Read more about Gabe Bowen, recipient of the College of Science's Excellence in Research award,  and his work with isotopes here.

Read related article "'Call to Action': CO2 Now at Levels Not Seen in 14 Million Years" in Common Dreams.

How Microbes Combat Climate Change

How microbes can combat climate change

Chemist Jessica Swanson works with bacteria that eat methane, a powerful greenhouse gas, out of the atmosphere.


While carbon dioxide gets much of the focus in the climate debate, methane, the main flammable component of natural gas, also drives planetary warming. Molecule for molecule, CH4’s heat-trapping potential is 34 times greater than that of CO2 (on a 100-year time scale) and it’s pouring into the atmosphere from both human and natural sources, posing a significant threat to global climate systems.

Now scientists from around the world are exploring various strategies for removing methane from the atmosphere in the hopes of slowing climate change.

University of Utah chemist Jessica Swanson has retooled her lab to help develop a process that would harness methane-eating bacteria, known as methanotrophs, which naturally break down methane into carbon dioxide and organic compounds. She aims to discover ways to enable methanotrophs to effectively pull methane from the air at low concentrations in next-generation bioreactors.

“I’m hopeful that the more we understand methanotrophs, the more we can also facilitate open-system, nature-based solutions,” Swanson said.

Methane accounts for at least 25% of planetary warming, according to the Environmental Defense Fund. The gas is naturally oxidized in the atmosphere resulting in a shorter half-life than CO2, but methane sources are surpassing the oxidizing capacity of the atmosphere at a shocking rate—partially due to a positive feedback cycle between warming and natural emissions from wetlands and permafrost. The consequence is rapidly increasing atmospheric methane concentrations that pose a serious risk of near-term warming.

Read the full article by Brian Maffly in @TheU.

You can listen to an interview of Jessica Swanson on Cool Science radio at KPCW.

Wilkes Center Climate Prize Winner

Winner of Wilkes Center Climate Prize


Lumen Bioscience is the inaugural winner of the $1.5 million Wilkes Center Climate Prize at the University of Utah. The Seattle-based biotech company beat 77 international teams with their proposal to drastically reduce methane emissions from dairy and beef cattle using a patented mixture of enzyme proteins.

Wilkes Center Director William Anderegg (left) and Lumen Bioscience Chief Scientific Officer Jim Roberts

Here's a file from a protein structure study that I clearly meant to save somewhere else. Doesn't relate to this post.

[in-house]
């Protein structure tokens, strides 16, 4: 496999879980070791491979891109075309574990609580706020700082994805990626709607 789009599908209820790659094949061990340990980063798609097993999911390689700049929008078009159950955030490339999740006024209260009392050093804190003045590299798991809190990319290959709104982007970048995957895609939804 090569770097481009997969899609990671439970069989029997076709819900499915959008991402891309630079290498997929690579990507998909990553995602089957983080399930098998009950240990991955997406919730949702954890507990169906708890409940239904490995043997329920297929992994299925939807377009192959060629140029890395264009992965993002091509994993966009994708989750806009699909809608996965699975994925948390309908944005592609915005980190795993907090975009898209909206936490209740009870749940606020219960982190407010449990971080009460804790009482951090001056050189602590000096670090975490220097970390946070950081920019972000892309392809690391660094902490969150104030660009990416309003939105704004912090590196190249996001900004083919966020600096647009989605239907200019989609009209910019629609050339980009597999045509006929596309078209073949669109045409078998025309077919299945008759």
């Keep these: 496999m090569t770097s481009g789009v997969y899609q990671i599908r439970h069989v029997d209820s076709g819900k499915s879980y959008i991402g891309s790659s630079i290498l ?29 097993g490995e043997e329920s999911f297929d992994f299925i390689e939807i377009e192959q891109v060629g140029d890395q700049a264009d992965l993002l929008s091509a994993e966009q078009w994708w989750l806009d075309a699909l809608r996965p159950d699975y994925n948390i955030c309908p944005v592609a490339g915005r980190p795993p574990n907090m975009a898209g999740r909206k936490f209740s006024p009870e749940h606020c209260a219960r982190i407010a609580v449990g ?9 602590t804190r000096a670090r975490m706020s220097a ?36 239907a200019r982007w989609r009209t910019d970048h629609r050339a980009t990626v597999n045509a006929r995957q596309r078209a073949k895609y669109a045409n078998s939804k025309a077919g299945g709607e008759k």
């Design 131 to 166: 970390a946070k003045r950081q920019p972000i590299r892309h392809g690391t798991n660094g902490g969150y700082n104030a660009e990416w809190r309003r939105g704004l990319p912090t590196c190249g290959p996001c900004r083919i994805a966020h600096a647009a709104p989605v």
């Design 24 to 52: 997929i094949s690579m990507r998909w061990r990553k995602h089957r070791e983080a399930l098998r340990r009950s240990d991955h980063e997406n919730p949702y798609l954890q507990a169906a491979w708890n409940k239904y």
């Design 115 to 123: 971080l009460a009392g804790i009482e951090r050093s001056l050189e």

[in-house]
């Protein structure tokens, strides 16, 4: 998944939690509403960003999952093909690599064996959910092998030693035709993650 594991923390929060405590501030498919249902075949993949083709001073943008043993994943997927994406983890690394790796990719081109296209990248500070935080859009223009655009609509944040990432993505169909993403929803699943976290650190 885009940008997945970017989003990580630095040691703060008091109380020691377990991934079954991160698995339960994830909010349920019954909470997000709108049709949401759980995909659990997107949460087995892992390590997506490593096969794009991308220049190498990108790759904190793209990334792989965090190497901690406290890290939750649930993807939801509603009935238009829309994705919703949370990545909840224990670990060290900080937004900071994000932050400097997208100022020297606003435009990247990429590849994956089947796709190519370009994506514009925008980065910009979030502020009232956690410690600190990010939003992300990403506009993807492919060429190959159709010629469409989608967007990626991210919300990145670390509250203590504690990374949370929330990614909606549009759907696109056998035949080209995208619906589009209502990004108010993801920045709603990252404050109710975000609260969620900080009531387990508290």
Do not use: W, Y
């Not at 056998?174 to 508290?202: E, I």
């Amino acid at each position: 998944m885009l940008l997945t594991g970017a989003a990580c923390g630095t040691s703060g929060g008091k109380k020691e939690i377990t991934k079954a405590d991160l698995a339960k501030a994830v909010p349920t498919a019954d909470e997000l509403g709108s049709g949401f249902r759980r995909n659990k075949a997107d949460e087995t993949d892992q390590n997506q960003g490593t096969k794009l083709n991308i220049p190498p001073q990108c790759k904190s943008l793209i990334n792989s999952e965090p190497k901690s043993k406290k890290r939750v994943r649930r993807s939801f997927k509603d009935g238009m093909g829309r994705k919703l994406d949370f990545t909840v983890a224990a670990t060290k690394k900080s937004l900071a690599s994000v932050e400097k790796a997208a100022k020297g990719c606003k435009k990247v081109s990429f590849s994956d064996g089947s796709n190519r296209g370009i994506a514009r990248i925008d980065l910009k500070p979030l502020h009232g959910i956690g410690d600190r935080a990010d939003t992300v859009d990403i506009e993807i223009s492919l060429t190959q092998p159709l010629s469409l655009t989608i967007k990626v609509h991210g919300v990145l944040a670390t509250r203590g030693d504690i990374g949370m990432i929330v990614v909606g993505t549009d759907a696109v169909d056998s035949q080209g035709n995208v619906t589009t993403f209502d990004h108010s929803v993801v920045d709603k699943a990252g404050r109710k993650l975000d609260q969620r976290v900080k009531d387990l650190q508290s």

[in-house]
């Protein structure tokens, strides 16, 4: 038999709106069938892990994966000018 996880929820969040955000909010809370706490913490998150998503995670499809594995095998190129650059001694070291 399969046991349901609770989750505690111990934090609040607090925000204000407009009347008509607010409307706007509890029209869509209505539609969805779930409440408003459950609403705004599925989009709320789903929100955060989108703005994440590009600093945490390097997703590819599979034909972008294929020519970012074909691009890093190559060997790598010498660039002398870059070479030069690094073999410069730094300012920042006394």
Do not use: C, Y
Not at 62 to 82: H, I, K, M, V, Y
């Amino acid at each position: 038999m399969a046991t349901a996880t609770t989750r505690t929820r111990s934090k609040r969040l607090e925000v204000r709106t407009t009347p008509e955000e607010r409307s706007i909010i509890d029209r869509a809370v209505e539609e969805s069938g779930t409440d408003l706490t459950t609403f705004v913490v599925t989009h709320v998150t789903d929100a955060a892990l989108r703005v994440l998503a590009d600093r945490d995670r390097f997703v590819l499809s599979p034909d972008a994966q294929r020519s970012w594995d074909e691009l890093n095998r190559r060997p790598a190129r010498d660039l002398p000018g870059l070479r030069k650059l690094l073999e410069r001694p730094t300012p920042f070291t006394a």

Lumen Bioscience is the inaugural winner of the $1.5 million Wilkes Center Climate Prize at the University of Utah. The Seattle-based biotech company beat 77 international teams with their proposal to drastically reduce methane emissions from dairy and beef cattle using a patented mixture of enzyme proteins. William Anderegg, director of the U-based Wilkes Center for Climate Science & Policy, made the announcement at a press conference on Sept. 22, 2023, at the Natural History Museum of Utah. The Wilkes Climate Prize at the University of Utah is one of the largest university-affiliated climate prizes in the world and aims to push through potential breakthroughs with a one-time, unrestricted cash award.

Seven years ago, Lumen scientists discovered how to genetically engineer the edible algae spirulina, a problem that had vexed researchers for decades. Based on the discovery, they built a drug discovery and biomanufacturing platform mainly for developing new, orally delivered biogenic drugs against gastrointestinal (GI) targets that cause human disease. Their winning Wilkes Climate Prize at the University of Utah project extends the approach to target the methane-producing microorganisms in the rumen, a specialized compartment of the cow’s GI tract.

“Our award-winning proposal is a testament to the culture at Lumen, which encourages broad and creative thinking by our highly talented scientists,” said Jim Roberts, Lumen Bioscience chief scientific officer. “CEO Brian Finrow and I founded Lumen on the idea that dramatically improving the cost and scalability of manufacturing protein therapeutics would allow us to address global challenges that are out of the reach of conventional biomanufacturing technologies. The recognition of the Wilkes Climate Prize at the University of Utah is a new and powerful example of this.”

Read the full story by Lisa Potter in @TheU about the September 22, 2023 announcement.

Read more about this story at the Salt Lake Tribune.


Climate-Resilient Western Grid

Gird YOUR Grid


The Western Interconnected Grid, commonly known as “the Western Interconnection,” is one of the two major interconnected power grids in North America.

The "Western Interconnection," as it is called, stretches from the northern edge of British Columbia, Canada to the border of Baja, Mexico, and from the California coast to the Rockies, and serves roughly 80 million people over 1.8 million square miles across two Canadian provinces and fourteen western states in the United States.  It is the backbone of one of the largest regional economic engines in the world.